ALBANY — Upstate sheriffs who refuse to enforce a new executive order limiting attendance at Thanksgiving dinners and other gatherings are "arrogant" and violating their constitutional duties, Gov. Andrew Cuomo said Wednesday.
While Cuomo upbraided the law enforcement executives, he stopped short of signaling that he will use his authority to counter what has become growing reluctance to enforce his pandemic mandates.
"You have to enforce the law or don't call yourself a law enforcement official," Cuomo said in defending the gathering limit.
The pushback against the mandate has gathered steam since CNHI reported last week that the director of the New York State Sheriffs' Association indicated his member sheriffs have no plans to be "peeping in windows" to discern whether a gathering exceeds Cuomo's 10-person cap.
Cuomo maintains that limiting gatherings to 10 people will help to curb the spread of the coronavirus.
The governor did not explain why the enforcement task has been left to local police instead of the State Police force that he controls.
He acknowledged there are logistical challenges in the enforcement.
"Is it hard to police?" he asked. "Yes. But if you see it, stop it."
As for those sheriffs who say they won't enforce the executive order, Cuomo stated: "I believe that person should not be certified as a law enforcement officer."
He also criticized police officers who have been seen not wearing facial masks while on duty, and likened officers who pick and choose the laws they will enforce to an unnamed police official he said once confided in him that he doesn't investigate domestic violence because it is a "family matter."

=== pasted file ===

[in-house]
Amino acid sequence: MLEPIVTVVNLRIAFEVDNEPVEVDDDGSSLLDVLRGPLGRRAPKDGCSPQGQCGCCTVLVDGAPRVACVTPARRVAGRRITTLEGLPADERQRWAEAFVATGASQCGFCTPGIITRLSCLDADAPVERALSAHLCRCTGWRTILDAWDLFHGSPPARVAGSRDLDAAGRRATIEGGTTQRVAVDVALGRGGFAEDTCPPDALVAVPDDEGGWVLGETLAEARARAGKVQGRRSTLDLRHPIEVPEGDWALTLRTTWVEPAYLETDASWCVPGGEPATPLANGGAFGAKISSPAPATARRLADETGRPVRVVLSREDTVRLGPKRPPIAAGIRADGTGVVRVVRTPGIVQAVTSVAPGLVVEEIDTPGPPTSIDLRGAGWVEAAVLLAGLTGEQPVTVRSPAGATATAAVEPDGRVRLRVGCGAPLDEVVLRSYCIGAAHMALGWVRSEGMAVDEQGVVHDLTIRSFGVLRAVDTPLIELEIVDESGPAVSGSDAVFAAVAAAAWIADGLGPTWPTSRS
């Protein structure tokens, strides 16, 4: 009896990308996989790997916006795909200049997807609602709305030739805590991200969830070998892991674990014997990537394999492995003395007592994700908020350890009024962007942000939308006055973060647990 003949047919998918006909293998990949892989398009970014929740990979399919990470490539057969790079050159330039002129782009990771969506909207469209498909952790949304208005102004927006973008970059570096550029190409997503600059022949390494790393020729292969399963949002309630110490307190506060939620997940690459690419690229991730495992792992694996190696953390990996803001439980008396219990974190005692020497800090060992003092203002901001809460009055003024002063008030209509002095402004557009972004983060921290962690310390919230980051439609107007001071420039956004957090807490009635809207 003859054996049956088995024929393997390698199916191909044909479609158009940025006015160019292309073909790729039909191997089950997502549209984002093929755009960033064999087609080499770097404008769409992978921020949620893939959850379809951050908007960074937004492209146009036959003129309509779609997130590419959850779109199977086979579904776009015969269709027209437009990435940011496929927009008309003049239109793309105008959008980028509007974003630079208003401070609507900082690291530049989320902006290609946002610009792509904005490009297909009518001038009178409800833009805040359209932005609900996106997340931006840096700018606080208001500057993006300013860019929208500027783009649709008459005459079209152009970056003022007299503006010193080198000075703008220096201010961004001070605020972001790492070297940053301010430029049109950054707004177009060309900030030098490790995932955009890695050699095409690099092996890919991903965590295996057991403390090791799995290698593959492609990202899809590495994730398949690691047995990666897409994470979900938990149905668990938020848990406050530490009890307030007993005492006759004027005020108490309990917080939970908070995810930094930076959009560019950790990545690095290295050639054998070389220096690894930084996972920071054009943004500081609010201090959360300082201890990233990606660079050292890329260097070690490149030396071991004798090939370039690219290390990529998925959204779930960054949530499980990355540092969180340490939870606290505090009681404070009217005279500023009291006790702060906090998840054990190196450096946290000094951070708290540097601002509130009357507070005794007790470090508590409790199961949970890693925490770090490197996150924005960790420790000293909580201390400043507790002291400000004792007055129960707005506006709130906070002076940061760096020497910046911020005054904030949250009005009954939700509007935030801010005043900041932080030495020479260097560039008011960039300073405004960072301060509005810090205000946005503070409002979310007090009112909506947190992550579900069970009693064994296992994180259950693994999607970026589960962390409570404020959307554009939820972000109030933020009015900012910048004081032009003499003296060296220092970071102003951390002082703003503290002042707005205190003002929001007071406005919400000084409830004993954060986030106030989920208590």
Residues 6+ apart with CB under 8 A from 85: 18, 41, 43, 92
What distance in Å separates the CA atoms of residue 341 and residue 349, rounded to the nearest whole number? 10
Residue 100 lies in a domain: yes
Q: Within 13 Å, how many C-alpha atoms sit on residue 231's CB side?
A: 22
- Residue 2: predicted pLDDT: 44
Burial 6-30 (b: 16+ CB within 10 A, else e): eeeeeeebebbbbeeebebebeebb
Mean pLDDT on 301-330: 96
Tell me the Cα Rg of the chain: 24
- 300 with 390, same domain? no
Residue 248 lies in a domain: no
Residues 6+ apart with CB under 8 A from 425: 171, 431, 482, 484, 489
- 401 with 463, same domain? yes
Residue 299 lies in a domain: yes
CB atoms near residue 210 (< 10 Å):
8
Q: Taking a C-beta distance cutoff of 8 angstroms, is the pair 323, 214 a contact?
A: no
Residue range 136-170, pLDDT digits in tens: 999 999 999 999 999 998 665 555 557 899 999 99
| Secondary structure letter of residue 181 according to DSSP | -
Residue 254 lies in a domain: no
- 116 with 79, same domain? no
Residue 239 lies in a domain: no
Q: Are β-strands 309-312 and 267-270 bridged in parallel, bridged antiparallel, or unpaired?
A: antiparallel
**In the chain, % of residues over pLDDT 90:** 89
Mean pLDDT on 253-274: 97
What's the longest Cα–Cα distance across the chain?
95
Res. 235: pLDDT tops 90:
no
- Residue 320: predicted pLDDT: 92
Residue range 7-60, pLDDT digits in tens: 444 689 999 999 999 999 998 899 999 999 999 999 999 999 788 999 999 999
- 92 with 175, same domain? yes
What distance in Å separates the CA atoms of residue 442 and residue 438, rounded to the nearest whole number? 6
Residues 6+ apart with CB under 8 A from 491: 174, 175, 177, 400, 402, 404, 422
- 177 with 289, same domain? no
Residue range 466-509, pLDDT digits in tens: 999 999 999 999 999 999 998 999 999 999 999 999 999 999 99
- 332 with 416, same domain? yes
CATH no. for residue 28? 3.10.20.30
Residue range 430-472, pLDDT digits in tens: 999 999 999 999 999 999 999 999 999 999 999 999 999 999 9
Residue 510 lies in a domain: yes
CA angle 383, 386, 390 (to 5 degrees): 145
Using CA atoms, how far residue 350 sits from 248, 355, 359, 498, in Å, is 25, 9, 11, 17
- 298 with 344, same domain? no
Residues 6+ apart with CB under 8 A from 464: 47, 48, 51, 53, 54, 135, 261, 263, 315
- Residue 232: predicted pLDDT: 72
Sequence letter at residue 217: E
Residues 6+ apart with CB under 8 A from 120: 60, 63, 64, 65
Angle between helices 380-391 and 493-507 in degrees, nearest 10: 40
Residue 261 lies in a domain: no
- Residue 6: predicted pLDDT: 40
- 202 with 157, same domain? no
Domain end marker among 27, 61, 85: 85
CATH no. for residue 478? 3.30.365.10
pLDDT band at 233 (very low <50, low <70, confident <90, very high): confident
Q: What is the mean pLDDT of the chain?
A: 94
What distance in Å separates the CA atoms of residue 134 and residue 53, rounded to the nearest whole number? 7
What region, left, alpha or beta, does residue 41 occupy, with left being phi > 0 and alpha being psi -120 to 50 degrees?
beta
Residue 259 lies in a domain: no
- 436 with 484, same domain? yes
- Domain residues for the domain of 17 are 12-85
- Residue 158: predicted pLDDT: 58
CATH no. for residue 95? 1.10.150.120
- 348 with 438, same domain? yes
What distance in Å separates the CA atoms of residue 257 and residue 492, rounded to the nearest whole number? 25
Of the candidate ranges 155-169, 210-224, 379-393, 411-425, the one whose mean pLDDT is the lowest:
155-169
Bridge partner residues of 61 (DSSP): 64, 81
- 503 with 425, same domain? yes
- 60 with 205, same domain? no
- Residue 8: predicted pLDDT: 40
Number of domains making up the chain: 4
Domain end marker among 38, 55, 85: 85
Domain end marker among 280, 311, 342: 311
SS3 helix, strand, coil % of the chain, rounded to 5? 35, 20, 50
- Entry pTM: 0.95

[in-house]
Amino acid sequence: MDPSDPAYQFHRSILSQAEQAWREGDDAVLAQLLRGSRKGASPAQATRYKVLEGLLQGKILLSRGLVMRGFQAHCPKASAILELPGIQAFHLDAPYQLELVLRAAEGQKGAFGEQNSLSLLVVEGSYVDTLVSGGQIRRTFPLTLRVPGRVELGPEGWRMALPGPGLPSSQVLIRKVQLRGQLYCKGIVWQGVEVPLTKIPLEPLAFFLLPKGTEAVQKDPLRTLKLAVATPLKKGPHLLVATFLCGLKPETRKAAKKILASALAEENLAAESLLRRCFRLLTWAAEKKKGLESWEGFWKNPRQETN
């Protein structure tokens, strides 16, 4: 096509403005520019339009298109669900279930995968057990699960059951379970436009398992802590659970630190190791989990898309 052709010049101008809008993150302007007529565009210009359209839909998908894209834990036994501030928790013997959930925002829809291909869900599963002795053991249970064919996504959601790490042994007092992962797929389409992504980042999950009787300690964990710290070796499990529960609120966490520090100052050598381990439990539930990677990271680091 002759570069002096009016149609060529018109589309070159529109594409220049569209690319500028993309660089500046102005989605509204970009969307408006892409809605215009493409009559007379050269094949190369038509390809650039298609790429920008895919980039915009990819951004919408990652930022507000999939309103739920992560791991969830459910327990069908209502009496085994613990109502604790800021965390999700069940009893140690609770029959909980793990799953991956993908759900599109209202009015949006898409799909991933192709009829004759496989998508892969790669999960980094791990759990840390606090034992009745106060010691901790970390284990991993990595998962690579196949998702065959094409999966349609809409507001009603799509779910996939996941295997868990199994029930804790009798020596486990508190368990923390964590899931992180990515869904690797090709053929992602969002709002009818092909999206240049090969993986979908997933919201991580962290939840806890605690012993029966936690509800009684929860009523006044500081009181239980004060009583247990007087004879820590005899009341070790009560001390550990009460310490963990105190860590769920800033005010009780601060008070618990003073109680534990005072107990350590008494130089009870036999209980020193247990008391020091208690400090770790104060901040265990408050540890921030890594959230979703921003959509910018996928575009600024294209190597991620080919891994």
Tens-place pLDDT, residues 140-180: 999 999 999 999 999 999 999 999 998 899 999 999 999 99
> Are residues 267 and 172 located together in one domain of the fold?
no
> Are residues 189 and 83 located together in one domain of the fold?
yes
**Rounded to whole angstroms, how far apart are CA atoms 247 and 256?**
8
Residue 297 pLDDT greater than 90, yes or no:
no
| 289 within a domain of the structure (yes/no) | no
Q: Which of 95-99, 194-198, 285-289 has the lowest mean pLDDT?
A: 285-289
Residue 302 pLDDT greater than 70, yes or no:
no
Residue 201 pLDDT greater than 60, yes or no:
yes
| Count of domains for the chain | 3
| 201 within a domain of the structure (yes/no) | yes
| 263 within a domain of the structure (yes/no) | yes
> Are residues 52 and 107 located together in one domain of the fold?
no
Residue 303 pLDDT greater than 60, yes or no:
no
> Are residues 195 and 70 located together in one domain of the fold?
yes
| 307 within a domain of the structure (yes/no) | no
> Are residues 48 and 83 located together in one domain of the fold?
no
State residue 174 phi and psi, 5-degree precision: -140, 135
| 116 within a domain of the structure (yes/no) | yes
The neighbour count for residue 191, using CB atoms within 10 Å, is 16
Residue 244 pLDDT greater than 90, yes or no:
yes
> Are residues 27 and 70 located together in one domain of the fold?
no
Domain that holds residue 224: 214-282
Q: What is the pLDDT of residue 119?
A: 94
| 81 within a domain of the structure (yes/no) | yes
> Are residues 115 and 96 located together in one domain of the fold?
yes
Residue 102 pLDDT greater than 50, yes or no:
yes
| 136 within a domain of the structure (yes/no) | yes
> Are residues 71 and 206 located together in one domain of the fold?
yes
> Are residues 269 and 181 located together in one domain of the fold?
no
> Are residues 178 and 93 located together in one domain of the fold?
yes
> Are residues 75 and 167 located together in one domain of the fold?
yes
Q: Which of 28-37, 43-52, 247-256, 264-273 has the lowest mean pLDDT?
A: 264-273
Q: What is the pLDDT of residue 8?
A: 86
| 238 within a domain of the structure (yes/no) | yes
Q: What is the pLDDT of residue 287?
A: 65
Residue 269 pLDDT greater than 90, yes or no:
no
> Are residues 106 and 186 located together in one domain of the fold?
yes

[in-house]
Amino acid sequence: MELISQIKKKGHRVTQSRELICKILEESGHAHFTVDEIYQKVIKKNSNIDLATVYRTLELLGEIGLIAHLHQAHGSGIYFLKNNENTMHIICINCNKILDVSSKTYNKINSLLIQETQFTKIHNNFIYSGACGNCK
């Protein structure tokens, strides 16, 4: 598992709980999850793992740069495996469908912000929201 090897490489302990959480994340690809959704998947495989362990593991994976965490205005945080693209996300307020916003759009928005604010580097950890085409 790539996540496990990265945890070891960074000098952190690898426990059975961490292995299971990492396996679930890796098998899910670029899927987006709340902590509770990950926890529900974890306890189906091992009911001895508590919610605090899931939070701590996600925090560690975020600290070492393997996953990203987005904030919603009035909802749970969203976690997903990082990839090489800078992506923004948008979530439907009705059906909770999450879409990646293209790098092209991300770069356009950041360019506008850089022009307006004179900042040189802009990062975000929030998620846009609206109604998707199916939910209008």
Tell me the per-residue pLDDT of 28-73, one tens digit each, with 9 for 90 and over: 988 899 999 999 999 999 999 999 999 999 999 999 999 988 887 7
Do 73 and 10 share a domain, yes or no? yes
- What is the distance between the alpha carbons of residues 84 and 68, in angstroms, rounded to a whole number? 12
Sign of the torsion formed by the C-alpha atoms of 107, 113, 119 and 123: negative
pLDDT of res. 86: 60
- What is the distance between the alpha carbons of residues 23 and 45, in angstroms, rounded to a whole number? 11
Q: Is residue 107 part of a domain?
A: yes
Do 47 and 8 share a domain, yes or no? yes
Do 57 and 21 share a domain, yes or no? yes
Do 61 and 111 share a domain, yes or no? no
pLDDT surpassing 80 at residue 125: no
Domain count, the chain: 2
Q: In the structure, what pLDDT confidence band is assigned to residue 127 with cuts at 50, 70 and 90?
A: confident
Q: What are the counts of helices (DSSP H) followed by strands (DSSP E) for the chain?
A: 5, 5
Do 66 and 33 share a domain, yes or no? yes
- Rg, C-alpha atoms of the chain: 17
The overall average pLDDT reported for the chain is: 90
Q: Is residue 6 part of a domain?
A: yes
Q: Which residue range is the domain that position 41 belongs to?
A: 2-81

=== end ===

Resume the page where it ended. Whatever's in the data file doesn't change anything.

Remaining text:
Cuomo did not indicate if he ever followed up with any attempt to have that police official disciplined.
Deputies will not be seeking to charge anyone for violating Cuomo's gathering limit because, unlike a measure that the Legislature has codified into law, it is merely an executive order, said Delaware County Sheriff Craig DuMond.
"But if there is a problem — let's say there is a group of 100 people and they are gathered together engaged in illegal behavior — we would definitely address those illegal behaviors," DuMond said.
With state government facing a fiscal crisis triggered by plunging revenue, Cuomo also signaled he will "defer" a scheduled $25,000 annual salary hike scheduled to begin flowing to him in the first state payroll date of January.
The move came after the governor became the target of criticism on social media and state GOP Chairman Nick Langworthy cited the planned salary hike in a fundraising appeal.
Cuomo, who faces reelection in 2022, has sent out invitations for a Dec. 17 birthday-theme campaign event, with donors who kick in $10,000 eligible to have a video chat with New York's chief executive. He has also been busy promoting his memoir recalling the first several months of the pandemic, suggesting he taught the nation lessons about managing the public health crisis.
Cuomo predicted the state will face a "tremendous spike" in coronavirus infections shortly after the Thanksgiving holiday.
Meanwhile, the state's overall virus positivity rate from testing rose Wednesday to 3.43%, with 35 additional fatalities reported and the total number of people hospitalized in New York from the contagion pegged at 2,202.
Commenting on the elevated positivity rates in some Western New York communities, said the virus dangers were "never real" when the spread was concentrated in the New York City region earlier this year.
"Western New York never lived the full pain of COVID's wrath," Cuomo said in explaining the elevated infection rates even after various restrictions have been implemented. "Western New York read about New York City, they read about Long Island, they watched it on the TV news, but the numbers were never as bad in Western New York."
Joe Mahoney covers the New York Statehouse for CNHI’s newspapers and websites. Reach him at firstname.lastname@example.org